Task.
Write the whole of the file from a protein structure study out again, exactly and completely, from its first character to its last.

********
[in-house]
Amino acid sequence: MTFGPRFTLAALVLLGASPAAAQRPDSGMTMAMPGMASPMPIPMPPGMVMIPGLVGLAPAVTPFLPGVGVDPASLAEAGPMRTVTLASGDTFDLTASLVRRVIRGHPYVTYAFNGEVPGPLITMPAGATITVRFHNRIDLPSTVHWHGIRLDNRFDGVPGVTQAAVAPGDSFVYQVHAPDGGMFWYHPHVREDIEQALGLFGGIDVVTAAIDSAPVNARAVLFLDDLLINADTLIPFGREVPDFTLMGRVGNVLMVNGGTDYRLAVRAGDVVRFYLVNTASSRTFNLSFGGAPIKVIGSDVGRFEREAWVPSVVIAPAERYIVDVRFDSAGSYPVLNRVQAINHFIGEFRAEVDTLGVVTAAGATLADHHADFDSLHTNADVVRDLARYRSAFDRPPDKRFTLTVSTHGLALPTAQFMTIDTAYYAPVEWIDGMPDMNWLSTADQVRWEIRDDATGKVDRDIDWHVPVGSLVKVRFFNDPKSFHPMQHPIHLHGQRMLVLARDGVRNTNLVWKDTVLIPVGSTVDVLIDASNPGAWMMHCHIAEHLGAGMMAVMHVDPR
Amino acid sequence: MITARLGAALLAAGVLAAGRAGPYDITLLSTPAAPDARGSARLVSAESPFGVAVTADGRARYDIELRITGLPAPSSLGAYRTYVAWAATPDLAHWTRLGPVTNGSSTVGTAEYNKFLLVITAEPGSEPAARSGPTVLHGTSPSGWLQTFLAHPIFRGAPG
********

[in-house]
Amino acid sequence: MTFGPRFTLAALVLLGASPAAAQRPDSGMTMAMPGMASPMPIPMPPGMVMIPGLVGLAPAVTPFLPGVGVDPASLAEAGPMRTVTLASGDTFDLTASLVRRVIRGHPYVTYAFNGEVPGPLITMPAGATITVRFHNRIDLPSTVHWHGIRLDNRFDGVPGVTQAAVAPGDSFVYQVHAPDGGMFWYHPHVREDIEQALGLFGGIDVVTAAIDSAPVNARAVLFLDDLLINADTLIPFGREVPDFTLMGRVGNVLMVNGGTDYRLAVRAGDVVRFYLVNTASSRTFNLSFGGAPIKVIGSDVGRFEREAWVPSVVIAPAERYIVDVRFDSAGSYPVLNRVQAINHFIGEFRAEVDTLGVVTAAGATLADHHADFDSLHTNADVVRDLARYRSAFDRPPDKRFTLTVSTHGLALPTAQFMTIDTAYYAPVEWIDGMPDMNWLSTADQVRWEIRDDATGKVDRDIDWHVPVGSLVKVRFFNDPKSFHPMQHPIHLHGQRMLVLARDGVRNTNLVWKDTVLIPVGSTVDVLIDASNPGAWMMHCHIAEHLGAGMMAVMHVDPR
Amino acid sequence: MITARLGAALLAAGVLAAGRAGPYDITLLSTPAAPDARGSARLVSAESPFGVAVTADGRARYDIELRITGLPAPSSLGAYRTYVAWAATPDLAHWTRLGPVTNGSSTVGTAEYNKFLLVITAEPGSEPAARSGPTVLHGTSPSGWLQTFLAHPIFRGAPG